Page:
This light, he remembered, would leak into the little shrine through its door and little stained glass windows. And, when in his adult years (whether as a young man or an old one) he contemplated this unique light, he was always was struck by how this particular combination of light and shadow was unlike any other he had experienced. He would remember how he had loved looking at the somewhat tarnished, but still reflective stars over the head of the benevolent lady. They were old gilt stars, which though having a patina which came from age and candle soot, still glinted and gleamed when the sun was positioned just right, shining in a sunbeam through the open door of the little stone house.

As an adult, he would remember how (though he had been but a small child at the time of his visits with his own mother to the roadside shrine) he somehow sensed that when this sunbeam shone upon the crown of stars over the statue of Mother Mary it was as though all the dreams and prayers of the world where concentrated in a little gleaming sunbeam. It was as though all the prayers of the world shone on the mottled stars over the head of this smiling, benign and ageless lady, and were reflected back into the eyes of himself as a child.

And this memory would have for him one more gift, and this was the most amazing thing of all. He got the most pleasant, comforting feeling whenever he received this gift. When he was immersed in this memory it was as if, somehow, he too was ageless. And, best of all, the world was smiling, kind and benevolent, like the lady in his memory.

It was indeed magical, and when he stared up at the face of the lady as a child, or in the tape loop of memory, he somehow understood how this lady could be the mother of the whole world, and how God could be Loving Creator. He somehow felt protected and safe. He somehow felt that all was and would be well, and that the world was full of protection, love and possibility.

He was glad, as a boy and later as a man, that he had been so often to visit his Grandpa Steve and Grandma Marnie and that visiting the lady in her stone house with his mother on their way to his grandparents was a staple of his childhood.

What was the history of this shrine, and why had Travis' mother made it a part of their routine?

Well, when they visited, before they left, or even if they passed by simply saying "Hello Mother Mary," Travis' mom would explain, though she had explained this many times before, that Mother Mary had been standing inside for over one hundred years, just waiting to greet everyone who came to see her, and that she was actually about two thousand years old!

Now this explanation, though he had heard it so many times, really made Travis' head cock back and forth in his typical gesture of curiosity and wonder. He looked a bit like the families' cocker spaniel when he did this, but it certainly expressed his awe and wonder at what he was always told about the age of Mother Mary. She was indeed a very special and old mother. And somehow acknowledging her lent a special air of mystery and wonder to Travis' visits to see Grampy Steve and Grammie Marnie, which was good, for having this sense of openness to mystery was a good thing to have for it helped the little boy balance out Grammy Marnie's rather no nonsense air and complimented Grampy Steve's impractical dreamer sort of personality.

Travis' mother, whether she realized this consciously or not, instinctively knew all of this, and the trips to the shrine were her way of providing all of this for her little boy.

Now the trip to or acknowledgement of the shrine was important, but, the visit to or wave to Mother Mary was not the sole reason for the automobile trip which took them past the shrine. The final destination of this trip was the visit to Grandpa Steve and Grandma Marnie on their big farm across the railroad tracks, across the highway and way out in the country, five miles from Tupton, the little town in which Travis lived.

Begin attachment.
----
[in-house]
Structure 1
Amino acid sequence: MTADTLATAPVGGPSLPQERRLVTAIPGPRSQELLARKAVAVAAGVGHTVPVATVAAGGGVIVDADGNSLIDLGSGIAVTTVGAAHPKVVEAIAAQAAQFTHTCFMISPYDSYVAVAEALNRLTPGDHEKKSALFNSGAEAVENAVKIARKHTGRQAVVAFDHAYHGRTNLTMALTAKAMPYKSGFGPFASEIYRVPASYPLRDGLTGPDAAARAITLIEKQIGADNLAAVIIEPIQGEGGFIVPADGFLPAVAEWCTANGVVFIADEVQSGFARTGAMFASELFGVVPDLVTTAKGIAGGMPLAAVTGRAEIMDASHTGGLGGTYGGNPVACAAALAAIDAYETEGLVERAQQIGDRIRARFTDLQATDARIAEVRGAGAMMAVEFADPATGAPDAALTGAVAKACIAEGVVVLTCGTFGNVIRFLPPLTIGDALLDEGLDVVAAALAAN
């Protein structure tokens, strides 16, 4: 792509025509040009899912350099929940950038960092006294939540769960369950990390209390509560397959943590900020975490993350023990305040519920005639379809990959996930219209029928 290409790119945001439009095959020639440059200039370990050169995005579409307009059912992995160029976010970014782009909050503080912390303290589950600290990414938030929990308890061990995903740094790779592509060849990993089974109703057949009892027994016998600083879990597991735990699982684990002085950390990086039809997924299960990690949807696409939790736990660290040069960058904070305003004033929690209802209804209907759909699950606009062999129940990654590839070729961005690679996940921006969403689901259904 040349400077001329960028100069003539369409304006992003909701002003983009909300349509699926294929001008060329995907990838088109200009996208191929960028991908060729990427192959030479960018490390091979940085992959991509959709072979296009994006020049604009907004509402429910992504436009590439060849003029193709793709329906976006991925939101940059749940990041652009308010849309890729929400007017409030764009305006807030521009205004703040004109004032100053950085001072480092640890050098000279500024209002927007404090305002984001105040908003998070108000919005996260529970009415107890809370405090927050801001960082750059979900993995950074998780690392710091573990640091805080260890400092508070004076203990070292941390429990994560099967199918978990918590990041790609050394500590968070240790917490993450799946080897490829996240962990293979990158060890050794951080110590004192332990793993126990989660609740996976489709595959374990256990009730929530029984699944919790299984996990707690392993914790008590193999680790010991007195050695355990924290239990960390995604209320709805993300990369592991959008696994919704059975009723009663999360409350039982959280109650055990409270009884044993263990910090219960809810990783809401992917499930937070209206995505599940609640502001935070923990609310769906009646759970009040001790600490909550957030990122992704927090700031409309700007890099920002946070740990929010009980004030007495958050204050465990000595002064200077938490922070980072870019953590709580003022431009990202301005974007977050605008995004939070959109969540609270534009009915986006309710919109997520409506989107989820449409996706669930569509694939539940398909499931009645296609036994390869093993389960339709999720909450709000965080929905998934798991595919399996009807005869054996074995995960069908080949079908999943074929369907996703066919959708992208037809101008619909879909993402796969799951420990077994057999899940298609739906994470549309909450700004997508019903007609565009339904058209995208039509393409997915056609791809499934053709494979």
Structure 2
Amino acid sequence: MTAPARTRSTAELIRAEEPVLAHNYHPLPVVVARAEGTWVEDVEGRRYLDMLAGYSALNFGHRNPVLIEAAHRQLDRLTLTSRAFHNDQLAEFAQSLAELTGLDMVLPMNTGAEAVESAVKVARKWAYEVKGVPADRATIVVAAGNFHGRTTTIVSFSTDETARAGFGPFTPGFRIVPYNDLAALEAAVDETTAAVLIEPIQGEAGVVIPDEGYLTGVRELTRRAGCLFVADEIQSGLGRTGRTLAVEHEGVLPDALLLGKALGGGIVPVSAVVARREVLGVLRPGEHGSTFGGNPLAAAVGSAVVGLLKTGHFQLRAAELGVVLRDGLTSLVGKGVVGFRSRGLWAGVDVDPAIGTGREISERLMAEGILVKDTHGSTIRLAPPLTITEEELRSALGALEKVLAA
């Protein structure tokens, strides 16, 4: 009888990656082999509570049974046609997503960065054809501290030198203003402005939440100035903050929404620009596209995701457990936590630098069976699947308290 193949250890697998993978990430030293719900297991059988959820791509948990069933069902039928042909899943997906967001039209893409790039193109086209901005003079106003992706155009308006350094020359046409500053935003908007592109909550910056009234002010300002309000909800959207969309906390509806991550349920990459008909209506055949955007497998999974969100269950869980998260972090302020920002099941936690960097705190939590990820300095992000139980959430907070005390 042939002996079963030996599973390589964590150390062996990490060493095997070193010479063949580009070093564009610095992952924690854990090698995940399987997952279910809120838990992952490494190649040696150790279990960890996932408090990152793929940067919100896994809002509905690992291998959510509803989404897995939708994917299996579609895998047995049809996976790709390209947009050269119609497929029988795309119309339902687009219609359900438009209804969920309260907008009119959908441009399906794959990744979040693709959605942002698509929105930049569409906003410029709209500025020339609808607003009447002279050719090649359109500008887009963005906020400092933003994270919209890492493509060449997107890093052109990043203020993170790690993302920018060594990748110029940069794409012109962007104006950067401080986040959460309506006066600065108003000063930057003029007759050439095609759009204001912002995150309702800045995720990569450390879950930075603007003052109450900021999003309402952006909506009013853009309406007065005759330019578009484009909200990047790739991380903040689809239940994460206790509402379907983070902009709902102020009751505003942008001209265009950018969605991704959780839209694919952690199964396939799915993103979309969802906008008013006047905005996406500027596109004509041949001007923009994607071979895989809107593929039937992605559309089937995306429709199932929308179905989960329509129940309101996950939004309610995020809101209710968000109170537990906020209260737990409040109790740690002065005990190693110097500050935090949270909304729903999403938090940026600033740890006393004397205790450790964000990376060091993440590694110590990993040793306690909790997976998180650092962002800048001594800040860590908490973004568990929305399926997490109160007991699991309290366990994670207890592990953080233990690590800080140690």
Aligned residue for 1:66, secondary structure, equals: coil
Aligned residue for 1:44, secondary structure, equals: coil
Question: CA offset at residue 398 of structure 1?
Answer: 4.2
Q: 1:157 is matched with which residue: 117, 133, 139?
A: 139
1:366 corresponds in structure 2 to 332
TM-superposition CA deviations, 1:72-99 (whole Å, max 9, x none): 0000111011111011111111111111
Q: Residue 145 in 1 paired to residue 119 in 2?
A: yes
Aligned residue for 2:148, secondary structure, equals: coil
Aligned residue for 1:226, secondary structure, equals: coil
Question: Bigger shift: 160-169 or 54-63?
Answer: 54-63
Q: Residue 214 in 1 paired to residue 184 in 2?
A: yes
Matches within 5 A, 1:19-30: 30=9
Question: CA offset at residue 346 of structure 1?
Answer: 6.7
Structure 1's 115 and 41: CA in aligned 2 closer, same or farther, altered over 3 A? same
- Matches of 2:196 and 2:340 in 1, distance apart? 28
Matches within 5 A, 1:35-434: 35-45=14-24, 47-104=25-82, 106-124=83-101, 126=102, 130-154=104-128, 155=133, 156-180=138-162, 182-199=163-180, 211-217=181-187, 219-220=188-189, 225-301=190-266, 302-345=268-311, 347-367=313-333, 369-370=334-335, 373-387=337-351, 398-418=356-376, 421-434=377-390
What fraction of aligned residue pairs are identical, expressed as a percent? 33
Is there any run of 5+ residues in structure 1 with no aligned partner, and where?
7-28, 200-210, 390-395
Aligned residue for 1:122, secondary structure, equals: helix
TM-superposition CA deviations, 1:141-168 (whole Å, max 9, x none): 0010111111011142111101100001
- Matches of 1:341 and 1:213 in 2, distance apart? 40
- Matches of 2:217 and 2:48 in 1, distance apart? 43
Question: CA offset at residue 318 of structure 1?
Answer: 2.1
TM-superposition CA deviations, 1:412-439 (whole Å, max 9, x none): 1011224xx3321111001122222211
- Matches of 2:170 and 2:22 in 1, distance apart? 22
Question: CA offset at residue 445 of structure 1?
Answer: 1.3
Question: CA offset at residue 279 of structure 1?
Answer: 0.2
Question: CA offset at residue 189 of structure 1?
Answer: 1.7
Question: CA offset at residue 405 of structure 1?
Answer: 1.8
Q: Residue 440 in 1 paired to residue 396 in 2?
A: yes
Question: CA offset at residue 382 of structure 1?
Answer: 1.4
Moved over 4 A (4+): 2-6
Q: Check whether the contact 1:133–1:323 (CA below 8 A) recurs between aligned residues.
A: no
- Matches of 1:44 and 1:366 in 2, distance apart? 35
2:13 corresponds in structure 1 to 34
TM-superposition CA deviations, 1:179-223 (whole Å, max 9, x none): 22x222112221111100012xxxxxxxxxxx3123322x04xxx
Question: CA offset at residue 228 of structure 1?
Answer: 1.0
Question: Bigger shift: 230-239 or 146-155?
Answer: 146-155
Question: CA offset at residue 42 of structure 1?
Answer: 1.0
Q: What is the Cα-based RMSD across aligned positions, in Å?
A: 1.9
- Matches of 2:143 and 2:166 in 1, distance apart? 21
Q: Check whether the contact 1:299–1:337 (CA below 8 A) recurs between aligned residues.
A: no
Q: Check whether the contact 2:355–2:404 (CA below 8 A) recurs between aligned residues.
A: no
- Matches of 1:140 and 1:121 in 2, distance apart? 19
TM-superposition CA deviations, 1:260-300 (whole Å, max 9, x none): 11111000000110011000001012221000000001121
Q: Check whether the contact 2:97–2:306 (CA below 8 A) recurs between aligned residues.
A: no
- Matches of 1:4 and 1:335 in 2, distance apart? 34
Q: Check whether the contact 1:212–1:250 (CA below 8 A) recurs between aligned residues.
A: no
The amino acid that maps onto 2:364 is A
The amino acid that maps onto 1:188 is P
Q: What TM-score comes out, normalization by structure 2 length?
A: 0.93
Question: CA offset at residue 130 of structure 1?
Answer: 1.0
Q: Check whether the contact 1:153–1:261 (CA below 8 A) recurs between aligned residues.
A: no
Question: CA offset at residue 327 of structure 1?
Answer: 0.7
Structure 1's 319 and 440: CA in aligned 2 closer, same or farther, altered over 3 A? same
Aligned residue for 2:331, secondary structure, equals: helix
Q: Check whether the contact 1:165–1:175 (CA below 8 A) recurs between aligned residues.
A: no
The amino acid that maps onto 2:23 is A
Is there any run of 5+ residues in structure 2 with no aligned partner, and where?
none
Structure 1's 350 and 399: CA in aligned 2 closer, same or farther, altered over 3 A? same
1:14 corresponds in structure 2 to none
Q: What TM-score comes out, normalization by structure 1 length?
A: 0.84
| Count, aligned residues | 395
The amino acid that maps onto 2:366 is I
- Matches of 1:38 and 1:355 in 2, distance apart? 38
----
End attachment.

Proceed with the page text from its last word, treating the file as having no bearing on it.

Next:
Now to Travis, five miles seemed a very long ways indeed. After they greeted Mother Mary and crossed the big highway, there was always the long stretch of country road which for a boy like Travis, not known for his patience, often seemed like a bit of a trek. Travis would sit on the edge of his seat, peering up over the dashboard, and squint his eyes, looking for the large barns and silos which made up a wonderful silhouette which one could see in the distance when approaching Grandpa Steve's farm.

For as long as he could remember, Travis always knew they were near Grandpa Steve's farm when the barns and silos came into view. And, though he knew that his mother was aware that there were not one but two barns, and not one but two silos, he always said, "Look, Mommy, Grandpa Steve has two barns and two silos."

"Yes, Travis," his mother would say, "it's a very big farm, indeed."

And it was.

Grandpa Steve, you see, was not an ordinary farmer. When he was a young man he went to university to study all about corn. "Grandpa Steve knows," Travis's father would say, "how to make the best corn, corn that can feed the most livestock. Corn that is smart."

"Corn can be smart?" Travis would ask his father when he said this, even though the boy knew what the answer would be.

"It sure can," his dad would reply, "especially when Grandpa Steve really puts his mind to it and plays with all his test tubes. He's a farmer and a scientist!"

"Wow!" Travis would always say. "My grandpa is smart!"

And so he was.

But smarts weren't what young Travis loved about his grandpa. 'Smart' was well and good, but for a little boy in first grade, it was more that Grandpa Steve was fun! Grandpa Steve would laugh a hearty laugh and his belly would shake. This was what Travis loved best about his grandpa.

In fact, this was what many people loved best about Grampy Steve. He was a bit like an ornery Santa Claus, very jolly, very kindly and generous, but rather mischievous. Grandpa Steve would tell funny jokes, tease Travis and tease everyone in the near vicinity. Grandpa Steve had a thick wiry mustache, which would tickle his cheek when he gave little Travis a kiss. And this, too, was the boy loved about his grandpa.

Yes, these were the things Travis especially loved about his grandpa. Still, in addition to them, it was also fun to think of Grandpa Steve playing with his test tubes and making corn 'smart,' though he couldn't quite imagine how this was possible. Yet, as we have already established, Travis was used to mysterious things. He felt, somehow, if Mother Mary could be mother to the whole world, then surely his Grandpa, could make corn smart!

2005, Michael D. Purvis